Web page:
I liked my position, but there are two things new villagers could do that would set me against them. A bad one would be to plot their house in the middle of an area I'd made a clear an organised orchard, trees planted in rows with fruit dropping as densely as possible. But to plot your house directly next to mine and obstruct my only exit from my plot would be to be made a corpse! Or a pariah, in this game at least. it sounds petty but it was really the most frustrating thing one could do. I now had to loop around the outside of their house, and the tiles I'd been laying down had been erased when they randomly placed their plot. My purple brick road leading to re-tail had been broken and that mattered more than gaining a new neighbour. 

So I got petty. Stealing flowers, planting pitfalls by their door, "accidental" thwacks with bug nets (and once or twice an axe) were the first response. This certainly didn't make my problem animal very happy, but it just wasn't enough to get rid of them.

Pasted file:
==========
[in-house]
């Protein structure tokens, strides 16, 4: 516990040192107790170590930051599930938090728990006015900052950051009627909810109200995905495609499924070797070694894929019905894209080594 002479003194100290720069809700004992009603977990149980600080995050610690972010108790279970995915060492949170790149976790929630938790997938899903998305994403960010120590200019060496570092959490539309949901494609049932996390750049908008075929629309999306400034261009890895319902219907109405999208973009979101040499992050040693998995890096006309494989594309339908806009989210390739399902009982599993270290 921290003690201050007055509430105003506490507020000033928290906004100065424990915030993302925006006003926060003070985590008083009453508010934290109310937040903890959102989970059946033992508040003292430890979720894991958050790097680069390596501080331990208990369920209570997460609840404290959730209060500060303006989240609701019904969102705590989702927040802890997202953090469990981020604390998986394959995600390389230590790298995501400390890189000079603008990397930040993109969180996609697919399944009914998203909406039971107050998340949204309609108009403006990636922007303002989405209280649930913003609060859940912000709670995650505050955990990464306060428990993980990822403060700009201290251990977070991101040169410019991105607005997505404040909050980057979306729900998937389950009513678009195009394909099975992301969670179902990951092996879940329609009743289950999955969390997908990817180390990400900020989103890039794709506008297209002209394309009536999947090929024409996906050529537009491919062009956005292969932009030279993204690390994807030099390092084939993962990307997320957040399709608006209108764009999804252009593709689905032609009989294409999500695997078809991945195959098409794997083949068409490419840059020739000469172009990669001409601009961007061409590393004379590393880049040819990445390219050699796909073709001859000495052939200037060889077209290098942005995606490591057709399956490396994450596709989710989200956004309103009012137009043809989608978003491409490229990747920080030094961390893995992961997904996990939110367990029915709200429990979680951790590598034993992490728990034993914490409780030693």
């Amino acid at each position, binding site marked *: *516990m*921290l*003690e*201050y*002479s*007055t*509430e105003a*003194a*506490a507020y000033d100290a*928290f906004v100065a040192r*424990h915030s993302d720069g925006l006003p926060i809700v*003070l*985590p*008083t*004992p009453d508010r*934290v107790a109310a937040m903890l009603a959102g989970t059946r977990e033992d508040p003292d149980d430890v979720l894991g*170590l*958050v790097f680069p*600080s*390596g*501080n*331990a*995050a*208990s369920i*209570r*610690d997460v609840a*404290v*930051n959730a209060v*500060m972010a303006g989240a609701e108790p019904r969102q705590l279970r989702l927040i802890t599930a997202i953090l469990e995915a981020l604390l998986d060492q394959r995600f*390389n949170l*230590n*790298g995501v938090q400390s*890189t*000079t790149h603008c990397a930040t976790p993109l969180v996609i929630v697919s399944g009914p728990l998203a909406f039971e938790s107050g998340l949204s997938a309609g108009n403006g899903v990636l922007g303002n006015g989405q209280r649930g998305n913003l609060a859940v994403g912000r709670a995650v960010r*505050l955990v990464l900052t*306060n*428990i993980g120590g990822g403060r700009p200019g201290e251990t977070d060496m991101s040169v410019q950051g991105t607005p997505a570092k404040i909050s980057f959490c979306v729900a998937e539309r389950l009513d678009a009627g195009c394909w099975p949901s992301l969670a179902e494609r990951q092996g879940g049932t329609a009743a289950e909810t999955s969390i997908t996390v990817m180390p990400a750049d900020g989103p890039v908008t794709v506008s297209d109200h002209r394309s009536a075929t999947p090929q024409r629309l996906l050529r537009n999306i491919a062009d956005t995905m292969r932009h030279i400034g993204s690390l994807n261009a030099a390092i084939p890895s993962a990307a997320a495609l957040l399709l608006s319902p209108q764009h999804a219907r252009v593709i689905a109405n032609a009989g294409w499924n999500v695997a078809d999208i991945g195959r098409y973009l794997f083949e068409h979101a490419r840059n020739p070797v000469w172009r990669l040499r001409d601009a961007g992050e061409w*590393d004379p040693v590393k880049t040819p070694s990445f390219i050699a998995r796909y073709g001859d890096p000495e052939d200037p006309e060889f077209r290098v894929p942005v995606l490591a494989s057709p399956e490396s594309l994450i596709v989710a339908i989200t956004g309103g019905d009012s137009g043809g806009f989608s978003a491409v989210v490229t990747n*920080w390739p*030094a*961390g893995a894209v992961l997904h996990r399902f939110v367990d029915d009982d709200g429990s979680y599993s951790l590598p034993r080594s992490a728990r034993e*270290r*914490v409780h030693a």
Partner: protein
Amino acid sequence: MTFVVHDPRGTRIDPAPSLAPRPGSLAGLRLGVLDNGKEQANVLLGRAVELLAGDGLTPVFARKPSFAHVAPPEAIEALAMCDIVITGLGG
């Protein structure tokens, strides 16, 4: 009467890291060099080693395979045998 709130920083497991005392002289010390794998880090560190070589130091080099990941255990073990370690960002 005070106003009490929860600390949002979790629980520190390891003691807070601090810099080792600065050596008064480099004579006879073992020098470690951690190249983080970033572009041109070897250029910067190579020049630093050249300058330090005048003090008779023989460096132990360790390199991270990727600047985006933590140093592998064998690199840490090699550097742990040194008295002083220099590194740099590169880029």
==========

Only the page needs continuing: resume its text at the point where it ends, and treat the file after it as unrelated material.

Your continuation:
This was just the usual stuff. Many of us have probably done it before, a petty issue with a person making you dead set against them no matter what. Even if they're nice you can't help but throw it back in their face. It didn't matter that the duck next door decided I was their best bud from the start. The nicer they were, the more I developed a ned flanders like grudge against them. To quote Metal Gear Rising, "Kids are cruel. And I'm very in touch with my inner child." Obviously my first thought was that hopefully I could simply evict any villager whose look or personality I didn't like, but Isabelle of course only corrects problematic behaviour of villagers, not kick them out. So, hoping I could make them unhappy enough to leave, I decided to improve how efficiently I could upset them.I even added a third villager to this later but I basically decided the best way to express my frustration was to figure how I could shove them until they went into the sad or angry state as quickly as possible. Why did I sort them into rows instead of just making a square so I could push them against the riverbank? Partly because I was bitter enough that I wanted them isolated, but mostly because the time it took me to move between them and push the other to upsetness at this range took exactly the time it took for the other to go back to a state where I could upset them again. I'd automated bullying enough that I could do this absent mindedly while browsing the web or something and only even pay attention to the 3DS when I heard the sound cue. I'm not really sure what this says about me.